3. BEHAVIOUR OF ACCOUNT PAYABLES IN DIFFERENT OPERATING SITUATIONS:

    The behaviour of the account payables in different operating condition in terms of production volume, raw material consumption levels and at different level of inventory policy for raw material. Based on the outcome of the simulation model, the organization can adopt a policy best suitable for the organization. Scenarios of different situations are presented below. It is clear from the output of the model that with increase in the no.days (7, 15 and 30 days) raw-material inventory in normal operating conditions, there is an increase in the volume account payables in the initial period up to 10 days. There after it declined gradually and gets normalized for all the situations by the end of fourth month. Moreover, it is evident from the figure that the demand for account payables in situation-3 (30- days inventory) is more than double as compared with that of the situation-1(7-days inventory) at the beginning and this gap reduced over a period of time and get equalized with other situations at the end of the period of study. Similar scenarios has been generated for all the situations

    5

    1 11 21 51 7 8 9 1 1 1

    S

    account payables are forming three major categories. The scenarios of account payables show a similar trend. Though there is an increase in demand for account payables at the beginning of the period, it gets stabilized over a period of time in all situations. It is also clear from the output that higher the inventory higher the volume of accounts payable at the initial period of the operation.

  4. BEHAVIOUR OF SHORT-TERM BORROWINGS IN DIFFERENT OPERATING SITUATIONS

    This section of the study presents the behaviour of the short- term borrowing scenario of the organization in different operating conditions in terms of production volume, raw material consumption levels at different levels of raw

    material inventory policy. Based on the outcome of the simulation model, the organization can visualize the quantum of short term borrowings required at different operational situations and can adopt the best policy suitable for the organization. Scenarios of different short-term borrowings situations are presented below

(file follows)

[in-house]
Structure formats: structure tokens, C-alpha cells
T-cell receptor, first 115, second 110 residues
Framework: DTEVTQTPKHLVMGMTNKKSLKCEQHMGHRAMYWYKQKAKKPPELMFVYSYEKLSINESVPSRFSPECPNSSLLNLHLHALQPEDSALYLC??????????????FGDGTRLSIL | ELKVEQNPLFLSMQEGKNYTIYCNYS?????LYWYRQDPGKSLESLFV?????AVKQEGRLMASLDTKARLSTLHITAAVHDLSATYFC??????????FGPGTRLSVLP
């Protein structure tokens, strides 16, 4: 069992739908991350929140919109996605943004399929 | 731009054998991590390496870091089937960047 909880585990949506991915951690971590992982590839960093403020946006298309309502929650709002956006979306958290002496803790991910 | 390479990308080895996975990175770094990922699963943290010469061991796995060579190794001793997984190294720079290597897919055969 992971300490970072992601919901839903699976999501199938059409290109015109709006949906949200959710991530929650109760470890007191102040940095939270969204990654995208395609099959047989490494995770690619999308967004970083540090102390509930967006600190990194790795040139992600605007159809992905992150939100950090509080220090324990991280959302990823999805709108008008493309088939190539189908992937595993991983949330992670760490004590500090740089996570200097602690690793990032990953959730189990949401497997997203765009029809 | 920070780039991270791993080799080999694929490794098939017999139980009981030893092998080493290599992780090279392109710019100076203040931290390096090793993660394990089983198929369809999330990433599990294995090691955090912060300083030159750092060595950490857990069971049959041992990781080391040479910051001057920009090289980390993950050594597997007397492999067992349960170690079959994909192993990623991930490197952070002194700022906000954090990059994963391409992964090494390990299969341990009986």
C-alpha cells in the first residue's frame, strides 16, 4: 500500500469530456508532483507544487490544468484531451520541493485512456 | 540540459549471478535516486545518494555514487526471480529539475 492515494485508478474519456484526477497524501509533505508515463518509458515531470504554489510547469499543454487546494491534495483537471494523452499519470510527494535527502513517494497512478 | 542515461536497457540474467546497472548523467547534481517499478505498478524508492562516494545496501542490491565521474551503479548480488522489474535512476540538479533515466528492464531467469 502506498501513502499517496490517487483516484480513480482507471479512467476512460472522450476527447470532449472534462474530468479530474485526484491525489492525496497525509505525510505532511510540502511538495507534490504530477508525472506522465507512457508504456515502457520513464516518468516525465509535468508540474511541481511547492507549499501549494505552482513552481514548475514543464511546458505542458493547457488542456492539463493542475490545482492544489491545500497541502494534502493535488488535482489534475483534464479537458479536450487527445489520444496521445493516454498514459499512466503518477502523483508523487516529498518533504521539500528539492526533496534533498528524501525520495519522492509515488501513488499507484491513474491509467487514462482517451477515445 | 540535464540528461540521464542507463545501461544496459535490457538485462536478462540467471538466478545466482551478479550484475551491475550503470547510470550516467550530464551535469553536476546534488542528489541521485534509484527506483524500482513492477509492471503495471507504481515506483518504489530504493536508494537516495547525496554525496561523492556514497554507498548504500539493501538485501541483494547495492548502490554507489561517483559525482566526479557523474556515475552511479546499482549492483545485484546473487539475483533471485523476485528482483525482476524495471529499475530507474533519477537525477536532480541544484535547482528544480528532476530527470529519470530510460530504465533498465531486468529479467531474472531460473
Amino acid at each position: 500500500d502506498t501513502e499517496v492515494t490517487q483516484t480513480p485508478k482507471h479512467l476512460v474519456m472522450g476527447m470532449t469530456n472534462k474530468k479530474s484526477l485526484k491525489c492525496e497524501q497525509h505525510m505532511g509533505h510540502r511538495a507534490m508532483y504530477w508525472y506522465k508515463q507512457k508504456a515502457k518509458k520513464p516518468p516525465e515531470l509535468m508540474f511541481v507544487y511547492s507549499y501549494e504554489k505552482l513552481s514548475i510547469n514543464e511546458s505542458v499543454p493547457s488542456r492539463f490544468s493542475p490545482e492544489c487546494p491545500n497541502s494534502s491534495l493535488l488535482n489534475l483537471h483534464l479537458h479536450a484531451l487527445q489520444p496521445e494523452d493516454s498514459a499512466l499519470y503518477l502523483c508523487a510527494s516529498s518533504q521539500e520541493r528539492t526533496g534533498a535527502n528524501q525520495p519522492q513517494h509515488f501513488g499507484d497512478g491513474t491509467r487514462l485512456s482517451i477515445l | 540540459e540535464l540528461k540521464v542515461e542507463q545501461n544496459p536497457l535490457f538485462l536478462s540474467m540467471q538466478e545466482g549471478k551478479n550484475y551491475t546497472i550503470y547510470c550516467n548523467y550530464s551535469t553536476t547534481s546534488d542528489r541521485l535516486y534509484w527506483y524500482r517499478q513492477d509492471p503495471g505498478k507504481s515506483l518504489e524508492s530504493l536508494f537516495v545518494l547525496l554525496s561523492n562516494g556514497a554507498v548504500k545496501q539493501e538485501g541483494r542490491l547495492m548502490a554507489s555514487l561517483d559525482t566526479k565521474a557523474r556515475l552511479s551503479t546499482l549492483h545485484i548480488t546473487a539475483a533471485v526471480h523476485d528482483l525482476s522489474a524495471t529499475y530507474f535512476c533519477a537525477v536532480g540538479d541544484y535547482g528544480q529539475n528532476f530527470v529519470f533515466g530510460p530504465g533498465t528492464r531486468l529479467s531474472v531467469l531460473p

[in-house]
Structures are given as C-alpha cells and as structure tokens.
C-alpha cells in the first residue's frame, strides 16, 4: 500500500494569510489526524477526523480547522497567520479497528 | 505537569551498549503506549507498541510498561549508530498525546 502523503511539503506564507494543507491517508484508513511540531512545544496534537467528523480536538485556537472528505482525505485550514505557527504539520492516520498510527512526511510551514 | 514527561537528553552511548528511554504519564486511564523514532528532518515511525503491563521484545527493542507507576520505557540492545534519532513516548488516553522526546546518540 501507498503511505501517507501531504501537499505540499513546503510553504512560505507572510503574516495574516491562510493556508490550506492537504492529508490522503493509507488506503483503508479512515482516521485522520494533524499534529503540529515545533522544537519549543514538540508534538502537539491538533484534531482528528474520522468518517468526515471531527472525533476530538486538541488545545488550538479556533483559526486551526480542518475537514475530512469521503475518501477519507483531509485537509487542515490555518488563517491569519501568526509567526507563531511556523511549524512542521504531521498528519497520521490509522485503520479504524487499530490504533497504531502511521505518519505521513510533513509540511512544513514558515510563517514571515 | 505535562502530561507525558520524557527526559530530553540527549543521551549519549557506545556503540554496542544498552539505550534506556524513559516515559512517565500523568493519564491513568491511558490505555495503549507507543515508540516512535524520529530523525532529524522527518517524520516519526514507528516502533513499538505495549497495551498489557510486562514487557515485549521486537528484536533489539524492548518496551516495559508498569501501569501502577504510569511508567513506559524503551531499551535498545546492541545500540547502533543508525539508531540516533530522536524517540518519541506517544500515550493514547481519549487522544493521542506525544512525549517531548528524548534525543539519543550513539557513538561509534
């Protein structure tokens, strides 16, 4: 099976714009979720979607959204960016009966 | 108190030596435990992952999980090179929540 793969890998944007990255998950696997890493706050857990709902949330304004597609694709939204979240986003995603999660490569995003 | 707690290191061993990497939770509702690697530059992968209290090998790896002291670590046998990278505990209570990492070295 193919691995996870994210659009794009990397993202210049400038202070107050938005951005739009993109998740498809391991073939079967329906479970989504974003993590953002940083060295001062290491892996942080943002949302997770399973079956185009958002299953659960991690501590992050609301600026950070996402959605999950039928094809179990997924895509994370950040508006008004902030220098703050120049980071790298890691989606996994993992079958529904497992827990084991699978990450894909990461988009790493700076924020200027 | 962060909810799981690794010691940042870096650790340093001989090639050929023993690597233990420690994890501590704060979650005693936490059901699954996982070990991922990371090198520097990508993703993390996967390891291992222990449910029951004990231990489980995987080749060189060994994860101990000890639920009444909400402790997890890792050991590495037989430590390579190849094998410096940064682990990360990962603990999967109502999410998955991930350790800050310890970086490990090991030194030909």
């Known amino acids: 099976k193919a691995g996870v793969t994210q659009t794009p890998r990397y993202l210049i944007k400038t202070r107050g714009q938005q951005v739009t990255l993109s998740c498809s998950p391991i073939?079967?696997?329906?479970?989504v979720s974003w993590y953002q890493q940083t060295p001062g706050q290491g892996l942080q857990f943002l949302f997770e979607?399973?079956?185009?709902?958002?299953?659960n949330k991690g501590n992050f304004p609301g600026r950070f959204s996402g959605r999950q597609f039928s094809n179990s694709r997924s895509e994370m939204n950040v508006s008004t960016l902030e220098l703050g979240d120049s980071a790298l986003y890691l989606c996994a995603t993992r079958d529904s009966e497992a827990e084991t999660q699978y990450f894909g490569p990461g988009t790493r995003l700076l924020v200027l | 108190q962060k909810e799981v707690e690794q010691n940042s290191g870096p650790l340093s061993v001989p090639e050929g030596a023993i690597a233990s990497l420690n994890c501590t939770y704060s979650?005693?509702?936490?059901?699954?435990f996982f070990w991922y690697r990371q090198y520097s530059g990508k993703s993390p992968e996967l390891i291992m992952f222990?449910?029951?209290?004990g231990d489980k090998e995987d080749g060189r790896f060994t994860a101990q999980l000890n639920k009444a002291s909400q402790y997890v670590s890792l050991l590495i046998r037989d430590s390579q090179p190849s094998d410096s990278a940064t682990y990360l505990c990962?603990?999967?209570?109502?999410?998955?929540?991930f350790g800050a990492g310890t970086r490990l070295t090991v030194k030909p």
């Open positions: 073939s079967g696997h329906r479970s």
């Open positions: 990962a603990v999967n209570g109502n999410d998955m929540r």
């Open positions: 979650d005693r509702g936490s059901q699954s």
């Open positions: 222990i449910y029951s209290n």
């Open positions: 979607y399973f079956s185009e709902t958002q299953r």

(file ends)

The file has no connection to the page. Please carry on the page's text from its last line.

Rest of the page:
It is clear from the output of the model that with increase in the number of days inventory in a normal production and consumption level (in normal operating condition), there is an increase in demand for short-term borrowings in the initial period. In all situations we find a cycle of peak and buck is completed within 10 days of operation. In case of situation 1 and 2; the demand for short-term borrowings is in increasing trend till 15th day of operation where as incase of situation 3, it continue till 30th day. Demand for short-term borrowings in situation 3 (30-days inventory) is more than double the amount of situation 1(7-days inventory) during the initial period of forty-five days and reduces steadily thereafter. In case of situation 1 and 2, the demand for short-term borrowings become zero at the end of 90- days of operation while in case of situation 3, it takes about 150 days to reach at same level.

  5. SUMMARY OF OBSERVATIONS OF SHORT-TERM BORROWINGS IN SITUATIONS

    by combining all the twelve situations together, a trend of short-term borrowings on monthly average basis is presented in table 5.2. it is observed from the same that the total scenario of short-term borrowings comprises of three major categories.

    Three Major Category of Short-term Borrowings

    The scenario of short-term borrowings shows a similar trend in all the above situations. Though there is an increase in demand for the same at the beginning of the period, it gets stabilized and approaches to zero over a period of time in all situations. It is also clear from the output that higher the inventory, higher the demand for short term borrowing and vice-versa at the initial period of the operation.

  6. OTHER APPLICATIONS OF THE MODEL

  1. In addition to generating scenarios of the above parameters for a better decision-making, the model facilitates in generating scenarios of many policy decisions like:

  2. Impact of sale on credit instead of advance

  3. Impact of change in raw material credit terms

  4. Impact of limitation in truck availability for dispatch of finished goods.

  5. Plant profitability at different sales realization and change in chromium percentages

The model acts as a ready reference to simulate the business scenarios. It will be useful as a decision support tool and the manager can experiment with varied parameter values and policy alternatives to gain the knowledge of the behavior of the system under different situations.

REFERENCES:

[1]. Forreser J. (1976), Policies, Decisions and information Sources for Modeling, Modeling for learning organizations (edited by Morecroft J., Sterman J.) Portland Productivity Press.

[2]. Kolay, M.K. (1991) Managing Working Capital Crisis: A System Dynamics Approach Management Decision 29, 46-52.

[3]. Lyneis, J.M.(1980). Corporate Planning and Policy Designing: A System Dynamics Approach. Pugh-Roberts, Cambridge